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Black Friday Is Gonna Be a Big Day in Texas

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Black Friday comes but once a year—the day when, all over America, shoppers looking for incredible bargains on consumer electronics and other must-have items that can only be afforded if they show up at Walmart at 5 p.m. on Thanksgiving (as “Black Friday,” increasingly, begins on Thursday night). And while we can anticipate, say, hastily-shot videos popping up on YouTube of people tearing each other apart for the chance to obtain a 50-inch television for $200, there are interesting preparations going around throughout the state of Texas—from the top to the very bottom—in anticipation of this year’s Black Friday festivities. 

In Grand Prairie, the planned activities are less of a traditional “let’s gorge ourselves on discounted merchandise” and more of a “let’s come together for the proletariat.” As the Dallas Morning News reports, employees of the Walmart in Grand Prairie are planning to join with other Walmart workers around the country to strike in protest of the chain’s meager wages

Walmart workers unhappy about low pay and poor working conditions will launch Black Friday protests at 1,600 stores nationwide, including a Walmart Supercenter in Grand Prairie.

The protests are part of a campaign to prod the nation’s largest retailer to pay workers at least $15 an hour and offer more workers full-time jobs.

Organizers describe next week’s planned action as the largest Walmart worker strike to date.

It may be the largest Walmart worker strike to date, but it wouldn’t be the first to occur around Black Friday in North Texas: In 2012, Black Friday strikes were planned at the chain in Dallas, and employees of seven different Walmart stores in the area held similar actions last year, albeit on the Wednesday before Thanksgiving, instead of the lucrative Friday after. It’s unclear at the moment how many employees will be joining in the action, but recent history suggests that there will be more people inside the store fighting for bargain televisions than there will be people outside of it with picket signs. 

Way down on the other end of the state, meanwhile, in the battle between “consumerism” and “tradition,” consumerism has clearly claimed victory. In McAllen, we are currently entering Day Nine of several families’ twelve-day process of camping out in front of the local Best Buy, off of US-83, to be first among customers to receive the chain’s biggest bargains. As The Monitor reports: 

Maribel Nuñez said her son camped out ahead of Black Friday last year, hoping to score a deal on a TV set.

But even after spending a week outside a local big box store as one of the first camps in line, he wasn’t there soon enough.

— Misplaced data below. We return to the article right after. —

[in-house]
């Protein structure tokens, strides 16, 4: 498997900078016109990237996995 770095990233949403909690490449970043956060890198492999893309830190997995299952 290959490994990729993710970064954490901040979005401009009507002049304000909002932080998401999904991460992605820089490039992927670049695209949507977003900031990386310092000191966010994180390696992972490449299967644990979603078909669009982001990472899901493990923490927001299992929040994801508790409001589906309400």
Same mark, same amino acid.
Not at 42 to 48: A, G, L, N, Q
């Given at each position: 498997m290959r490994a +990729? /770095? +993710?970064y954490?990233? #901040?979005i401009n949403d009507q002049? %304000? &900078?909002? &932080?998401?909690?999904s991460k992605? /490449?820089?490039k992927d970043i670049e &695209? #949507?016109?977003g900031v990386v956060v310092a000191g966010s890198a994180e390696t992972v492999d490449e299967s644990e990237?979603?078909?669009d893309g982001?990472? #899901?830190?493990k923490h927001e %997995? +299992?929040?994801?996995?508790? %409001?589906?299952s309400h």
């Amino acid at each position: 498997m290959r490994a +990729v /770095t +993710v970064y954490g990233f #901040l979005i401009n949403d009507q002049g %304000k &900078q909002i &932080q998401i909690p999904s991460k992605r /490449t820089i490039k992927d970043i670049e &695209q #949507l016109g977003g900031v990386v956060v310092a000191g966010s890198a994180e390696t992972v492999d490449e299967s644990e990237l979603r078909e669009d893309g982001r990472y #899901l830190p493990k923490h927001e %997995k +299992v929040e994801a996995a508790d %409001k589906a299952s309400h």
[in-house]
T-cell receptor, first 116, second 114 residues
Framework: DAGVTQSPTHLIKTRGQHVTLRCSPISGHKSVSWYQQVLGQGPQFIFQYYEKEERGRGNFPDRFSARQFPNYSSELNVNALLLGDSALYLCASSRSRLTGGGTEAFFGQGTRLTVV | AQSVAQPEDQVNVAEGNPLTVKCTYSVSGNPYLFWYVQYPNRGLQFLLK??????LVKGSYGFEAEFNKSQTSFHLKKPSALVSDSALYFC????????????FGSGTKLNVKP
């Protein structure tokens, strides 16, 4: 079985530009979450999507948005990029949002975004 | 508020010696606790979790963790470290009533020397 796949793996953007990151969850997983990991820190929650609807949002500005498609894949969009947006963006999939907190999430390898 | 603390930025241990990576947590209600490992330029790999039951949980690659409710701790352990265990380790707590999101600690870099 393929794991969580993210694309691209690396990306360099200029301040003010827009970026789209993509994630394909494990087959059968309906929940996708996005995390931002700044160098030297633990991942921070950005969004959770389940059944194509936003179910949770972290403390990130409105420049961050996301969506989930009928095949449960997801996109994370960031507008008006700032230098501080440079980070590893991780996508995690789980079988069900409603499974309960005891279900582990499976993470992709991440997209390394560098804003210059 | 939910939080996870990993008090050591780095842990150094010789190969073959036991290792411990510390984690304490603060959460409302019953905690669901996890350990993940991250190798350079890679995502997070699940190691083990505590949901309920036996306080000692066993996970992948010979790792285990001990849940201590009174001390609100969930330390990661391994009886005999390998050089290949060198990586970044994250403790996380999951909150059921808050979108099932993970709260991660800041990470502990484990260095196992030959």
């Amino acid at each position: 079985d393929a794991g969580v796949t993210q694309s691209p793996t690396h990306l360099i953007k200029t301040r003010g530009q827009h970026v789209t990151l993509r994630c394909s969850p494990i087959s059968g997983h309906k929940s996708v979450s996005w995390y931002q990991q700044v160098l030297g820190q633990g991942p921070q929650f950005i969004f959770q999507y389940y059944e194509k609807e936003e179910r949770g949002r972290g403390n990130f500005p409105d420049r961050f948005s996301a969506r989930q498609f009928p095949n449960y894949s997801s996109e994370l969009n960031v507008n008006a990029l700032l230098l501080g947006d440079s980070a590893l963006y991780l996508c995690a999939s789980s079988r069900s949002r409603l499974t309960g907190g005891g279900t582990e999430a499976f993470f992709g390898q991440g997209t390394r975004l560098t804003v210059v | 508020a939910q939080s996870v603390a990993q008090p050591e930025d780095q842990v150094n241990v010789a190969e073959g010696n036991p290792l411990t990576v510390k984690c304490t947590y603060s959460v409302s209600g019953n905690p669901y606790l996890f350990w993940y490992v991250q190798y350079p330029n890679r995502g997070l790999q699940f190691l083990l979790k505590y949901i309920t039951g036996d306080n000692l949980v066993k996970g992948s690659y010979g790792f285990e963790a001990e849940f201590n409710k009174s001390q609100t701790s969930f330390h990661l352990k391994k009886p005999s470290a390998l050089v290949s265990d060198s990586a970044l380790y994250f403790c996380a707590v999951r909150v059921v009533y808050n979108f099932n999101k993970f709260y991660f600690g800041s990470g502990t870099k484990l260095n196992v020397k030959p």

“Last year my son was waiting for a week and was about the third or fourth tent,” the Pharr woman said. “But the person waiting in the first tent brought like 20 people on that day and he wasn’t able to get the TV he wanted.”

That won’t happen this year, Nuñez said. She and about 10 family members already have their camp set up outside Best Buy, 700 S. Jackson Road, where they have been since Sunday [November 16th]. 

A twelve-day camp-out in front of a big box store in a strip mall doesn’t sound like the absolute most pleasant way one could spend the month of November, but it probably beats a seven-day camp-out that doesn’t even end with you getting the items you most wanted. The paper reports that—as of last Friday—there were at least two other camps in front of the same location. 

There is something a bit depressing about the idea of people giving up twelve days that could be spent doing any number of productive activities to sit in front of a Best Buy, but that sort of cynicism is misplaced in the holiday season. At the very least, the weather in the Rio Grande Valley is pleasant this time of year (a mild 68 degrees at press time!), and with modern technology, most of the comforts of home can be experienced even from a tent in a Best Buy parking lot. Furthermore, spending nearly two weeks camped out alongside strangers who, when the doors open, will become fierce competitors for the limited-quantity doorbusters is a great opportunity for practicing presumably-friendly camaraderie before it transforms into a heated struggle for what each party needs for their families, important skills one will need in the event of a zombie apocalypse. (Of course, in the event of said zombie apocalypse, Best Buy’s discounted tablets will be valued more for their ability to crack the shells off of fallen nuts, or to reflect sunlight in the eyes of potential predators.)

In any case, it’s probably kind of fun out in that parking lot, as the days grow shorter and the Thursday evening opening time approaches. At the very least, our bizarre new American holiday is getting a bizarre new twist. 

(image of Minneapolis Best Buy, 2008, via Flickr)

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